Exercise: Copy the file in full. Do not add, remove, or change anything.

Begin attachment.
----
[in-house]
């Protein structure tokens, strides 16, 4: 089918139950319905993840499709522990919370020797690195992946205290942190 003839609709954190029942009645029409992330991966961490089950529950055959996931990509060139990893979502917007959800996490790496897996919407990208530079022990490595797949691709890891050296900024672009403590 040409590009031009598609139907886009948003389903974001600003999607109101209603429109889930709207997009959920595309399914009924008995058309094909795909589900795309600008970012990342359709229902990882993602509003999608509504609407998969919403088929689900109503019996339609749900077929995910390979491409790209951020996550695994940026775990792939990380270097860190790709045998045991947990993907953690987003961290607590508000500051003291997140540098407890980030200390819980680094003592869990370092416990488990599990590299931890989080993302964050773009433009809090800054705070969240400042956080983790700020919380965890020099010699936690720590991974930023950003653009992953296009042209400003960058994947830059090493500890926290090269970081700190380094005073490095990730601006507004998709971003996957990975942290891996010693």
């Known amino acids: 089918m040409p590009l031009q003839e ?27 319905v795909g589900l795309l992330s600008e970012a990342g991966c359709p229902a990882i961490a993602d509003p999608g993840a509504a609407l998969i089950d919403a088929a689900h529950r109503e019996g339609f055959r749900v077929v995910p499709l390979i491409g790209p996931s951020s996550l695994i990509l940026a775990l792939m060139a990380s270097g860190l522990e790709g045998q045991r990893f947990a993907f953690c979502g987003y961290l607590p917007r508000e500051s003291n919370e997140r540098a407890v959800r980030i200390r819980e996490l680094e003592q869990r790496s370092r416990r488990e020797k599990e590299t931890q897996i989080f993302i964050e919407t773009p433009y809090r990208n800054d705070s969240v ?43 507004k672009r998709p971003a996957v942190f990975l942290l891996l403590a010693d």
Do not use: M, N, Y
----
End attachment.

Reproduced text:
[in-house]
């Protein structure tokens, strides 16, 4: 089918139950319905993840499709522990919370020797690195992946205290942190 003839609709954190029942009645029409992330991966961490089950529950055959996931990509060139990893979502917007959800996490790496897996919407990208530079022990490595797949691709890891050296900024672009403590 040409590009031009598609139907886009948003389903974001600003999607109101209603429109889930709207997009959920595309399914009924008995058309094909795909589900795309600008970012990342359709229902990882993602509003999608509504609407998969919403088929689900109503019996339609749900077929995910390979491409790209951020996550695994940026775990792939990380270097860190790709045998045991947990993907953690987003961290607590508000500051003291997140540098407890980030200390819980680094003592869990370092416990488990599990590299931890989080993302964050773009433009809090800054705070969240400042956080983790700020919380965890020099010699936690720590991974930023950003653009992953296009042209400003960058994947830059090493500890926290090269970081700190380094005073490095990730601006507004998709971003996957990975942290891996010693």
């Known amino acids: 089918m040409p590009l031009q003839e ?27 319905v795909g589900l795309l992330s600008e970012a990342g991966c359709p229902a990882i961490a993602d509003p999608g993840a509504a609407l998969i089950d919403a088929a689900h529950r109503e019996g339609f055959r749900v077929v995910p499709l390979i491409g790209p996931s951020s996550l695994i990509l940026a775990l792939m060139a990380s270097g860190l522990e790709g045998q045991r990893f947990a993907f953690c979502g987003y961290l607590p917007r508000e500051s003291n919370e997140r540098a407890v959800r980030i200390r819980e996490l680094e003592q869990r790496s370092r416990r488990e020797k599990e590299t931890q897996i989080f993302i964050e919407t773009p433009y809090r990208n800054d705070s969240v ?43 507004k672009r998709p971003a996957v942190f990975l942290l891996l403590a010693d």
Do not use: M, N, Y